The pancreas doesn’t always get the attention that other organs of the digestive system do. We mainly hear about conditions of the stomach, intestines, esophagus, liver and kidneys.
But the pancreas, with its long, flattened pear shape and its task of making digestive enzymes and hormones, is a vital part of the digestive equation.
And it does sometimes fall prey to conditions such as pancreatic cancer, acute pancreatitis and chronic pancreatitis. Both of the latter conditions involve pain and inflammation.
One of the more common conditions associated with this organ is pancreatic cysts, which come in many varieties and occasionally develop into cancer.
Doctors are diagnosing pancreatic cysts more frequently these days because of improvements in MRIs and CT scans.
Sometimes the images are taken for reasons not related to the pancreas, and the cysts are discovered incidentally. In other cases, symptoms of nausea, vomiting, abdominal pain and a mass in the upper abdomen lead to testing and diagnosis.
In a video segment produced by Johns Hopkins Medical Center, Dr. Anne Marie Lennon explains that cysts can occur anywhere in the pancreas and are typically shaped like a balloon, sometimes with a mucus build-up.
Lennon, director of the Multidisciplinary Pancreatic Cyst Program at Johns Hopkins, said that evaluating the type of cyst and its size is critical to deciding how to treat it and whether surgery is warranted.
Using endoscopic cameras and aspirating a sample of the cyst’s lining and fluid are part of the diagnostic procedure.
Pancreatic cysts often just need to be watched and can go away on their own, but symptoms such as yellow jaundice and pancreatitis can spur discussions of surgery, as can a perceived growth of the cyst.
“One of the things that we need is better tests to tell us, firstly, what type of cyst are we dealing with ... and secondly, what, in those types that are precancerous, which are the ones that are likely to change or develop into cancer,” Lennon said.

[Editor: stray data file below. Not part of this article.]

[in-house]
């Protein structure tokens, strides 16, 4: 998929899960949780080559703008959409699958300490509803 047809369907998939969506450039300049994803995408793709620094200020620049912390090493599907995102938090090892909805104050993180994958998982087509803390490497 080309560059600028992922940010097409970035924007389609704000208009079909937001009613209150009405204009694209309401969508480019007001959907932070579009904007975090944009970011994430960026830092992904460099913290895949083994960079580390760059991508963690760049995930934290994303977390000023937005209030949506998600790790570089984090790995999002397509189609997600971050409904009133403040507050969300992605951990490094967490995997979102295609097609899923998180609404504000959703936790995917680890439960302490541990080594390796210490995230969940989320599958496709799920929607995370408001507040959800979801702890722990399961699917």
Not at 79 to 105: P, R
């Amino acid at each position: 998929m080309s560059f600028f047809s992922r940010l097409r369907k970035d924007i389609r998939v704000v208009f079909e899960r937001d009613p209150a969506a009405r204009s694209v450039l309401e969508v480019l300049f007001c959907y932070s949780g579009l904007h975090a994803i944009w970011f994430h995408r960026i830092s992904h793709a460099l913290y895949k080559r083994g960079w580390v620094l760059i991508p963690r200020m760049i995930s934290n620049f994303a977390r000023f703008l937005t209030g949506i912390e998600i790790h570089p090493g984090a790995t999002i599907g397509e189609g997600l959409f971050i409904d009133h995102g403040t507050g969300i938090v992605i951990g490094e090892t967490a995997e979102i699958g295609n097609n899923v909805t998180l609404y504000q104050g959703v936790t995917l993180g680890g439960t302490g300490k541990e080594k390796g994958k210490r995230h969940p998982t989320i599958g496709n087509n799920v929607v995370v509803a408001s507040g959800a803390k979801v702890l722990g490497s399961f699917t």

Lennon said she was optimistic about procedures at Johns Hopkins and other research centers looking into better ways to analyze pancreatic cysts.
The types of pancreatic cysts include mucinous cyst adenoma, considered precancerous; mucinous duct ectasia, often cancerous; serous cystadenoma, rarely cancerous; and papillary cystic tumor, usually cancerous.
Gender and age are sometimes linked to certain types of cysts.
Pancreatic cysts are not to be confused with pseudocysts, fluid-filled sacs in the pancreas that are rarely precursors to cancer. Pseudocysts can develop after a bout of acute pancreatitis or in someone with chronic pancreatitis. Heavy drinking, gallstones and high triglycerides are risk factors.
Faulkner, Dita. “Pancreatic Cysts - What Are They?” EmpowHER.com. Web. 27 August 2012.
“Pancreatic Pseudocyst.” Medline Plus. Web. 27 August 2012.
“What You Need to Know About Pancreatic Cysts.” Johns Hopkins Medicine videocast. Web. 27 August 2012.
Reviewed August 28, 2012
by Michele Blacksberg RN
Edited by Jody Smith
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